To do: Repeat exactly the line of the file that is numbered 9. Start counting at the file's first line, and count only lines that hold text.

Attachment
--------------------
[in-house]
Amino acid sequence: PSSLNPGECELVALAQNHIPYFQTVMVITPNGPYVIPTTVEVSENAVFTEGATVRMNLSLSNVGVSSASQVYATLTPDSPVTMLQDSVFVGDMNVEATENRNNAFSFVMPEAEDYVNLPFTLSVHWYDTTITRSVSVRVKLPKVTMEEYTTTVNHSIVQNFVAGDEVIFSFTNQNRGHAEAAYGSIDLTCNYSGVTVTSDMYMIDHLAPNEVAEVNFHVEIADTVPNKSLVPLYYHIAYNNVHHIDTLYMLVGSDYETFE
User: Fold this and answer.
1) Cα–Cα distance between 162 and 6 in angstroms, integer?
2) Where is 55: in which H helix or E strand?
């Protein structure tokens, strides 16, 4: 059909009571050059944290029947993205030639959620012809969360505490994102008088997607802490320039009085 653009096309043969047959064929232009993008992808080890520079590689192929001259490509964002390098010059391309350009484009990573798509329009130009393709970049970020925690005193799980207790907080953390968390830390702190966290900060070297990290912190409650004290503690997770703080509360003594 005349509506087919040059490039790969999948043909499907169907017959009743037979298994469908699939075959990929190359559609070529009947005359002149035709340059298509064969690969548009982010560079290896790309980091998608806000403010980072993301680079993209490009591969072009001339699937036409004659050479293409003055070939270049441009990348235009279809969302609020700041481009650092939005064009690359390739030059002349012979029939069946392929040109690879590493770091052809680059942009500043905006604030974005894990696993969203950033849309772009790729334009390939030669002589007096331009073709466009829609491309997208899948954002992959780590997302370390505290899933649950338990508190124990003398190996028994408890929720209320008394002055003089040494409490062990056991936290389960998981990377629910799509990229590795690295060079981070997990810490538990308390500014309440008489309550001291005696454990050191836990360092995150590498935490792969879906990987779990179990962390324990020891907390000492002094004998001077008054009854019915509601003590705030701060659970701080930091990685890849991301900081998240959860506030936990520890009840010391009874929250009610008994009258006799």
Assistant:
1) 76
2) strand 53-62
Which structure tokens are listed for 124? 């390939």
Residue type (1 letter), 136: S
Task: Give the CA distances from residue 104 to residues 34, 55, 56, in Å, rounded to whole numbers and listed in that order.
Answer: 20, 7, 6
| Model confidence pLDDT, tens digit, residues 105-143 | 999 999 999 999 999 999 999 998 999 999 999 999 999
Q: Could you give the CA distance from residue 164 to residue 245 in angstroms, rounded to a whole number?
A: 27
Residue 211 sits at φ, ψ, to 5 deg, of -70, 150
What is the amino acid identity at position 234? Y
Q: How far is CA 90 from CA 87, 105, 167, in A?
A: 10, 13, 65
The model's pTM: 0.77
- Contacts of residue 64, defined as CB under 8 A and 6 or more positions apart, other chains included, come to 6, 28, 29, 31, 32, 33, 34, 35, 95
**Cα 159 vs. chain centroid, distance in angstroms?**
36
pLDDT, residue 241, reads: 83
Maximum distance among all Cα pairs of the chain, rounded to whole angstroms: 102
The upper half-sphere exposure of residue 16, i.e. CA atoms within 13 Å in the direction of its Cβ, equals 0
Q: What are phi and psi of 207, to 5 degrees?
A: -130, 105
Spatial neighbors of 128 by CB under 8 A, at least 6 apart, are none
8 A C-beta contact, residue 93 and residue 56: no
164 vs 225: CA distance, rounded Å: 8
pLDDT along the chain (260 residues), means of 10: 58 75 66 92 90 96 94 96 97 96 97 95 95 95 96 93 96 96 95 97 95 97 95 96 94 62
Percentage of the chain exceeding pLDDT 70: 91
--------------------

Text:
2) strand 53-62